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Alexander the Great takes power

Alexander the Great takes power.

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Video transcript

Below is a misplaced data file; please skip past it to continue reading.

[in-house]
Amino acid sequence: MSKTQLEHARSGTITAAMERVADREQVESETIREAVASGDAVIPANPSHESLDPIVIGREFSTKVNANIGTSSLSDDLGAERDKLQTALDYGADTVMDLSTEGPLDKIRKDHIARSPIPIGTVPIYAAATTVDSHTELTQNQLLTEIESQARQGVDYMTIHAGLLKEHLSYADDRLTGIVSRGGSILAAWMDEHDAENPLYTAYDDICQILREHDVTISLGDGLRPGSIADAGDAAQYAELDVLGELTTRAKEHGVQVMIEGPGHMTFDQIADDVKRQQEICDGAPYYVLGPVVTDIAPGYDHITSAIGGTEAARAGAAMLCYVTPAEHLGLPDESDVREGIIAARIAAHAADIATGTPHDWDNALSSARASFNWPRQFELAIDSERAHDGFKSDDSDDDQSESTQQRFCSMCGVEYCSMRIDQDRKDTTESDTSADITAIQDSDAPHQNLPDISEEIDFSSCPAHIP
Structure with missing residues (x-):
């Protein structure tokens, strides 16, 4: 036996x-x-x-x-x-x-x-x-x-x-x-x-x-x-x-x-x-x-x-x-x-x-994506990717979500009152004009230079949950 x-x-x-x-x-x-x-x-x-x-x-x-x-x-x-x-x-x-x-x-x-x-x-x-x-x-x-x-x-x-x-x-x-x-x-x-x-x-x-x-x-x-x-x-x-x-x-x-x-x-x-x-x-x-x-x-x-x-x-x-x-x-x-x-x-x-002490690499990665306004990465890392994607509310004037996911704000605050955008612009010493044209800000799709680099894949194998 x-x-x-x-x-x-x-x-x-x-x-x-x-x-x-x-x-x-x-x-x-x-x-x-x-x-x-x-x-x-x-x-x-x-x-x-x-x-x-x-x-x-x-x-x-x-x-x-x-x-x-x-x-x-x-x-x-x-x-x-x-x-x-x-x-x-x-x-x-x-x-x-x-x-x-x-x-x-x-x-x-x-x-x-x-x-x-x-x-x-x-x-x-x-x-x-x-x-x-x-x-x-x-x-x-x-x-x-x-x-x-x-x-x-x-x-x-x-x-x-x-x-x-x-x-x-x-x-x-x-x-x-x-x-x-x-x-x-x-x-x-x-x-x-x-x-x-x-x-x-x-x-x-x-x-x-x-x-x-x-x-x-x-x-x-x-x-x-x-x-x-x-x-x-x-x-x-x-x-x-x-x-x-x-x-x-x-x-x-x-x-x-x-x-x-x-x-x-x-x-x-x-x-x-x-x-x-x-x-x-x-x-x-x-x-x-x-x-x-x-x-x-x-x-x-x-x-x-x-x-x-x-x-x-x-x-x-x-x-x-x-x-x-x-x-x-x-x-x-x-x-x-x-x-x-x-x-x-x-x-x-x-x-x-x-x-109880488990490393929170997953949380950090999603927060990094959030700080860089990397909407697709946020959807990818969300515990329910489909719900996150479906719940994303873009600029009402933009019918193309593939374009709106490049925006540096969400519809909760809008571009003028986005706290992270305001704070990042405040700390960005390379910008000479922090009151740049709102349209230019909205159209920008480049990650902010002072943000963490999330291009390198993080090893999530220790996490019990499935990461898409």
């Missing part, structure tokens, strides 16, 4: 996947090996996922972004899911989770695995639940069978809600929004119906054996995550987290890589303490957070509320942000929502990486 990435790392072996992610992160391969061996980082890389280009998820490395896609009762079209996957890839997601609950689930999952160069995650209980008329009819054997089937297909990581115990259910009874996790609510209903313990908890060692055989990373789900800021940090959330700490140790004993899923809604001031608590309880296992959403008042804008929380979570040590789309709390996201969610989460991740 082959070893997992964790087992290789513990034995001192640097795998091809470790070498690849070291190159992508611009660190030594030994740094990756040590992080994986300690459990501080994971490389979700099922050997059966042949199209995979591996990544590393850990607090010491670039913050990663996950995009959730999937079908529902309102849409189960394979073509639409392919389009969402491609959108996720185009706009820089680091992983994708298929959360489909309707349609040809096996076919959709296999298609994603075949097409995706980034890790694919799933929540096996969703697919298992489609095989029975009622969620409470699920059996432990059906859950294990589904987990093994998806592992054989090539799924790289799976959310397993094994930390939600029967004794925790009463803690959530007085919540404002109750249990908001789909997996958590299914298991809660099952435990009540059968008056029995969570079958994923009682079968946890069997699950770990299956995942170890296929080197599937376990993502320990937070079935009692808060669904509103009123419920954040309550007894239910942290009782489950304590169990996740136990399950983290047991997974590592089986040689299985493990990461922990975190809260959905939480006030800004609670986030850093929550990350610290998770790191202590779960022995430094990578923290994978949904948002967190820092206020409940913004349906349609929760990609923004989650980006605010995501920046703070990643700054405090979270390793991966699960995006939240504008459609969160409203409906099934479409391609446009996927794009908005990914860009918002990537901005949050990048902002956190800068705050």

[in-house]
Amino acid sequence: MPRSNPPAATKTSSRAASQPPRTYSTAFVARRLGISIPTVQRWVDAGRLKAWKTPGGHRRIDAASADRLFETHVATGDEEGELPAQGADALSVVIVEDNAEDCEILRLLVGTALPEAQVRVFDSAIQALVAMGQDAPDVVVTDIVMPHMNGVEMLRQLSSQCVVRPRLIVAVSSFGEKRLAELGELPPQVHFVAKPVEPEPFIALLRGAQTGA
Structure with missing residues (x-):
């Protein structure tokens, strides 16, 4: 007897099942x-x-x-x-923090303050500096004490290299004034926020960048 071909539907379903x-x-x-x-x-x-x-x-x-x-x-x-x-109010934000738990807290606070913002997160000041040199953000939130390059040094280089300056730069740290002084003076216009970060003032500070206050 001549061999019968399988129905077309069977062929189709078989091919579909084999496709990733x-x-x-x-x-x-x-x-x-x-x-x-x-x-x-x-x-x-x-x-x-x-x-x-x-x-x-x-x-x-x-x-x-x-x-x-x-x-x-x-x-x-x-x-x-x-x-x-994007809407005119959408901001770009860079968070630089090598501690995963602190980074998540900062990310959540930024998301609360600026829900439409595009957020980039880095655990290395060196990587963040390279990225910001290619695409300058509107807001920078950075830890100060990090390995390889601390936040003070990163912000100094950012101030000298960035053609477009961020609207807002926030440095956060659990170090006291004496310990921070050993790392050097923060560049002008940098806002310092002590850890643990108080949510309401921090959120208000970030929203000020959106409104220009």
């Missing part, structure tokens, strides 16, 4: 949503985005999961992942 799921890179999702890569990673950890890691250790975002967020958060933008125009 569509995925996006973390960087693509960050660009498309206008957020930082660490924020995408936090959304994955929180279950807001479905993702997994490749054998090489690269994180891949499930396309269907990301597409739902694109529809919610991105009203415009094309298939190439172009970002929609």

- [Instructor] Now, we're going to talk about one of the most famous conquerors in all of human history, and that is Alexander the Great. But before talking about all of the things that he conquered, let's think about how he got started out and in particular, how he's able to consolidate control over the empire that his father begins. So, in the last video, we saw that exiting the Peloponnesian War, the Greeks were weak. Sparta and its allies, the Peloponnesian League, they had won, but the Greeks were ripe for being conquered. And they end up being conquered by Philip II, King of Macedonia, and he rules from Pella. And shortly after he becomes king, his son, his first son, Alexander, is born. And Alexander is the son that Philip has with Olympias. Olympias is the daughter of the king of Molossia, which makes her Molossian and not Macedonian, which is going to be somewhat important later on when Philip II dies. But the early part of Alexander's life is quite good and he seems to be in favor with his father, Philip II. After all, Alexander seems like a decent heir to the throne. Early in his life, he gets from his father what is arguably the best tutor, for sure of the time, probably the best tutor in human history, in Aristotle. And the way that his father convinces him to tutor Alexander when Alexander's 13, he tutors him from when Alexander is about 13 to about 16, is Philip destroys Aristotle's village of Stagira as he conquers Greece. And Aristotle says, "Okay, sure, I'll tutor your son. "But in exchange for that, why don't you rebuild my hometown "and free all of the people who had been enslaved "after the town was conquered?" And so, Philip agrees; Alexander gets a great tutor. There's also the stories of how Alexander carried favor with his father by taming the famous horse Bucephalus, who Alexander will eventually ride into Asia as he conquers the Persian Empire and beyond. And Philip, very proud of his young son being able to conquer this seemingly untamable horse, as Philip conquers, as he conquers Greece, Alexander is alongside him leading troops, showing him to be a capable military general, a capable leader. So, all seems to be working out well for Alexander until Philip takes what ends up being his seventh and last wife. Until then, Olympias was his favored wife. And Olympias is a bit of a character, at least from the point of historians. And you should take all of this with a grain of salt because many of these histories and these stories were written hundreds of years later, and so it's not clear how much was a true account versus how much was made up. But beyond Olympias not being Macedonian, she is from Molossia, she is also, according to Plutarch, part of the Cult of Dionysus and she worships snakes and potentially even sleeps with snakes, which is really off-putting to a lot of the Macedonians. And so, when King Philip, in around 337 or 338, finds a Macedonian to marry and her name is Cleopatra, not the famous Cleopatra from history, we'll talk about her in a few hundred years, but you see here, Philip II, he takes his seventh wife. I don't list them all here. I only list Olympias here who he marries in 357 BCE. And then they have Alexander, born Alexander III, shortly thereafter the next year. They also have another daughter, Cleopatra. Once again, not the Cleopatra when people refer to it in history. But then, around 337 or 338 BCE, he takes his seventh wife, and this seventh wife is also named Cleopatra. She is Macedonian. Philip renames her Eurydice after his mother. And so, you can imagine this is already a little bit threatening. Because, well, what if this Cleopatra has a son? And she eventually does have a son. And now, that son would be pure Macedonian, as opposed to Alexander, who is only half-Macedonian. And this becomes quite pointed at the wedding of Philip and Cleopatra, the Macedonian Cleopatra, in 337 or 338 BCE when we have this account, and once again, take all of this with a grain of salt. This is an account by Plutarch that was written 400 years later. But Plutarch writes, "At the wedding of Cleopatra," this is Cleopatra Eurydice, this is the Macedonian Cleopatra, the young one, "whom Philip fell in love with and married, "she being much too young for him, her uncle Attalus," and you see him on our little family tree here, this is Cleopatra's Uncle Attalus, a Macedonian, "her uncle Attalus in his drink "desired the Macedonians would implore the gods "to give them a lawful successor to the kingdom "by his niece." Let me underline that. Give them a lawful successor to the kingdom. You might be saying, "Wait, I thought Alexander was a lawful successor?" And Alexander's probably thinking the same thing. "This so irritated Alexander "that throwing one of the cups at his head," throwing it at Attalus' head, "'you villain,' he said. "'What, am I then a bastard?' Then Philip," Alexander's dad, "taking Attalus' part," so he wouldn't take his son's side, he takes the side of his in-laws, "rose up and would have run his son through, "but by good fortune for them both, "either his over-hasty rage, or the wine he had drunk, "made his foot slip, so that he fell down on the floor. "At which Alexander reproachfully insulted over him: "'See there,' said he, 'the man who makes preparations "'to pass out of Europe into Asia, "'overturned in passing from one seat to another.'" So, if this account by Plutarch is even vaguely true, it shows this real tension that is forming between Alexander and his father. And it's of course being goaded on, or likely to be goaded on, by his mother, Olympias, who was the primary wife for a little bit but now she's being pushed aside in favor of this Macedonian, Cleopatra. And so she actually goes into voluntary exile, Alexander follows her, and so things are quite tense. And they really come to a boiling point, or everything gets released a year or two later, when Olympias' other child, Cleopatra, the other Cleopatra, not Cleopatra Eurydice and not the famous Cleopatra from history, she gets married to Olympias' brother. And so, she's marrying her uncle. Many strange things happened like this in the ancient world. This is 336 BCE and this is the famous wedding where Phillip II is assassinated by his bodyguard, who was likely Phillip II's former lover. But once Phillip II gets assassinated, you could imagine that many people are wanting to have a go at the throne, in particular, Alexander, aided by his mother, Olympias. And so immediately, there starts to be a consolidation of power and the first way to consolidate power is to kill off all of the folks who might threaten you. And so Olympias and Alexander, and many historians give credit mainly to Olympias, some say Alexander was involved more or less, but they go on a killing spree. Europa is killed, Caranus is killed. These are the children of Cleopatra Eurydice. At the time of this, we're talking 336, 335 BCE, they would have been toddlers. They would have been two, at most three years old. They're being killed. There are some accounts that Cleopatra is killed or she is forced to hang herself. There's some accounts that some combination of them are burned alive. Alexander goes after Attalus, the famous uncle who insulted him at the wedding party only a few years ago. He kills his cousin, Amyntus, who might have had a claim to the throne, other princes. So this is this bloody, bloody period. So even though sometimes people glorify some of these rulers like Alexander the Great, that they unified all these people and they pushed culture throughout the world, or however you want to talk about it, they usually come to power in very brutal ways. And their conquering is also very brutal. You really shouldn't romanticize, oh let's conquer other people. A war is ugly and when there's multiple factions coming to a throne, that is also ugly. So, we're shortly after Phillip II's death. Alexander, with the help of his mother, is able to consolidate power within his family, really secure his place as the king of the Macedonian Empire. And so the next thing is to secure his hold on the empire militarily and you immediately start having rebellions to the North and West of Macedon. And so, in particular, the Illyrians, which is in modern-day Albania, so this region right over here. They start to revolt. Alexander goes and makes a point of sieging the pass at Peliam. This is a very strategic location but while he's there with his military forces, so while he's there with his military forces, you can imagine the other city-states of Greece, in particular Athens and Thebes, say hey now's our chance. King Phillip is dead, Alexander's out fighting with the Illyrians, let's rise up and regain our independence. And many of them thought that Alexander might have already died in the previous military campaign. And so you can imagine they were very surprised after Alexander took control through a siege at Peliam, and is able to come down surprisingly quickly. He really makes his soldiers march hundreds of kilometers in a matter of weeks, to come down and put down the rebellion, from his point of view, at Thebes. And the Thebans refuse to stop rebelling and so in retaliation, Alexander the Great completely destroys Thebes, this famous city of antiquity. Only a few decades before this time, the leading city-state in all of Greece. And so he destroys Thebes, he enslaves its people, but that's what allows him to essentially scare the rest of the city-states of Greece to come in line. He hasn't conquered Sparta, or his empire hasn't conquered Sparta, that will happen soon but the rest, it really consolidates his power. And now, we're talking 335 BCE, he's ready to think about doing what his father was planning and going off and trying to conquer Asia.